A holistic approach is the key to driving this cultural change. Safety has always been at the forefront of this conversation, as well as environmental compliance. It’s time to incorporate environmental risk to understand the bigger picture. This is a topic that is emerging more frequently in discussions with clients and colleagues. Stakeholders and employees are also taking an interest in managing environmental risk and will support an organization that builds this element into their belief structure. Motivating your workforce to support your holistic approach to EHSQ will bring on the cultural change that will elevate your organization’s operations to the next level.

Conclusion

Driving change can be difficult, no question about that. Change can grow out of frustration from the current situation, or it can be initiated in anticipation of potential frustrations in the future. The challenge lies in not giving up and succumbing to the fatigue along the way. Below is a checklist to help you navigate the challenges ahead:

  1. Define your current culture and recognize the major events that influenced your organization’s development.
  2. Clearly state your goals for the future and where the culture should go because you will need to articulate these multiple times to multiple people.
  3. Determine if the current behaviours of your management and employees are in accordance with the desired culture you are working to achieve.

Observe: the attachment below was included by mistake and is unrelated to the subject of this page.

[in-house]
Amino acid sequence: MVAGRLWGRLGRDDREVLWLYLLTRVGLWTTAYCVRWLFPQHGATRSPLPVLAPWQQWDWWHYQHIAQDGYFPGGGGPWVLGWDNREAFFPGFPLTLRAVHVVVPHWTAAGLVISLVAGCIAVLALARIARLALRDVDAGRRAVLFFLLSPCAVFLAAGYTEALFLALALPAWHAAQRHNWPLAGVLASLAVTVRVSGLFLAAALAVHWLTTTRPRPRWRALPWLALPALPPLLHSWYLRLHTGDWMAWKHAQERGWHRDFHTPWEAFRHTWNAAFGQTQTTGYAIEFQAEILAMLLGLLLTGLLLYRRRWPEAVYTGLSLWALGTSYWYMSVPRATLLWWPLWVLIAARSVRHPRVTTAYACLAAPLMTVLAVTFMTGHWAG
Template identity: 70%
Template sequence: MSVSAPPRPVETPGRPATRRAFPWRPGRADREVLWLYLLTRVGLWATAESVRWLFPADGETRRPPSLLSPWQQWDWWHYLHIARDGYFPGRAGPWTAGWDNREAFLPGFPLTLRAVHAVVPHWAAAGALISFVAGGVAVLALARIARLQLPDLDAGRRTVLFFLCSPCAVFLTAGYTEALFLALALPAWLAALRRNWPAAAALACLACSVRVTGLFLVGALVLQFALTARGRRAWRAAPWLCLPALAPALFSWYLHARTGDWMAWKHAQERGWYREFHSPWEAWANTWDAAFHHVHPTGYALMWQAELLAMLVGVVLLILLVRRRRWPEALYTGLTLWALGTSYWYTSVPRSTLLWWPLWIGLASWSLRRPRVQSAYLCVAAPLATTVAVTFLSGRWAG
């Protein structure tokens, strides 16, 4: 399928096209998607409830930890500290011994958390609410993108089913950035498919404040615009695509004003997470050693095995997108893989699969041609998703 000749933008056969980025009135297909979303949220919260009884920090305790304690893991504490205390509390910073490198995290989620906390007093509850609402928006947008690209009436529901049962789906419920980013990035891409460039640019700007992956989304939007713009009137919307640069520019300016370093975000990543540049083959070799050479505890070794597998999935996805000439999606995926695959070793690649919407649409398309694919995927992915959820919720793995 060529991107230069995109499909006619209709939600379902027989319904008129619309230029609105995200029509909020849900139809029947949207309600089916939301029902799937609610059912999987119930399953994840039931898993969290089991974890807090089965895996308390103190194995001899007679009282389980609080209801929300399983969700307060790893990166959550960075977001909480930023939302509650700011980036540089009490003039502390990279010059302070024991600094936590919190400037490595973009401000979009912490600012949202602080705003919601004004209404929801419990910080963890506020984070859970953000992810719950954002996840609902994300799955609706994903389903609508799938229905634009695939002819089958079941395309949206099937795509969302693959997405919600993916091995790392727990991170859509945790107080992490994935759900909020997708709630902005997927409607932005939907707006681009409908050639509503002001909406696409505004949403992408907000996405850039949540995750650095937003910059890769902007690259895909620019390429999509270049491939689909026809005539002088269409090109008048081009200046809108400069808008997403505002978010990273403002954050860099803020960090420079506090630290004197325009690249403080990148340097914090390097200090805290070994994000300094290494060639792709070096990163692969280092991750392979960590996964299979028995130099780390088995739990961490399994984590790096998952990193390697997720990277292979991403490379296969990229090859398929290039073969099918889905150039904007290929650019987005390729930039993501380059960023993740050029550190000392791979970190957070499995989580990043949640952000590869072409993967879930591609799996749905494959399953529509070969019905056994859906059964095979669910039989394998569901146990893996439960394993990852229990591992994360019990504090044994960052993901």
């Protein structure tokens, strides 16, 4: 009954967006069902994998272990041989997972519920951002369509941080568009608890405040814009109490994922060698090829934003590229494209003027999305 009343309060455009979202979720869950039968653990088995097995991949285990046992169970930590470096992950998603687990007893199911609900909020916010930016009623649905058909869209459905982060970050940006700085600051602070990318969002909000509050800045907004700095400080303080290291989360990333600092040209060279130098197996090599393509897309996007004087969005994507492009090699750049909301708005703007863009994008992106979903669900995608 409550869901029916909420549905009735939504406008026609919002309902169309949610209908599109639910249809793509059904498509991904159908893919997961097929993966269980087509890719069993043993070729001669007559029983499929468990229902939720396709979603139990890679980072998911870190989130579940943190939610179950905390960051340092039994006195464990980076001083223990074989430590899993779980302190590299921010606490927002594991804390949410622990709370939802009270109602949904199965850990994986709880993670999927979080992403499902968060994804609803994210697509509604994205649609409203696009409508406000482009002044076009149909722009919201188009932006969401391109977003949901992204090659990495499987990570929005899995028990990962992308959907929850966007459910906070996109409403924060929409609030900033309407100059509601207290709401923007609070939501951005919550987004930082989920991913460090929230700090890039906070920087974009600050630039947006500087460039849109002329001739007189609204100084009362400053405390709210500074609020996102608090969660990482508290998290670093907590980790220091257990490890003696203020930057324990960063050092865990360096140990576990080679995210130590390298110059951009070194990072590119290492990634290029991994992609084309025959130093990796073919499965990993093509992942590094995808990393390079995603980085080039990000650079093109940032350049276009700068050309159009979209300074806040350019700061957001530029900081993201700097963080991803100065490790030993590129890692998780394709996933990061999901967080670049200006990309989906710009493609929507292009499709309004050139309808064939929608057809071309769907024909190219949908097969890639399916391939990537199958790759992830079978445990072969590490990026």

4. Embrace technology to ensure you have the right systems and processes in place to support the desired culture.
  5. Collaborate and cooperate. Share data with your peers to identify successes and failures so you know what behaviours to continue, eliminate or adopt. People in this field are passionate about what they do and want to share their knowledge.

 

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Ramana Kolluri is a Partner at ERM, a leading global provider of environmental, health, safety, risk, social consulting services and sustainability related services.   His work is primarily focused on helping global corporations improve EHS performance through operational improvement and management systems.  He brings 24 years of consulting and industry experience covering enterprise risk management, EHS management systems, compliance, information solutions, permitting, technical and strategic program design, development and implementation.  Prior to joining ERM, Ramana most recently worked for Barrick Gold Corporation as their Director, Risk and Management of Change. 

April 18, 2018 @ 11:40 AM EDT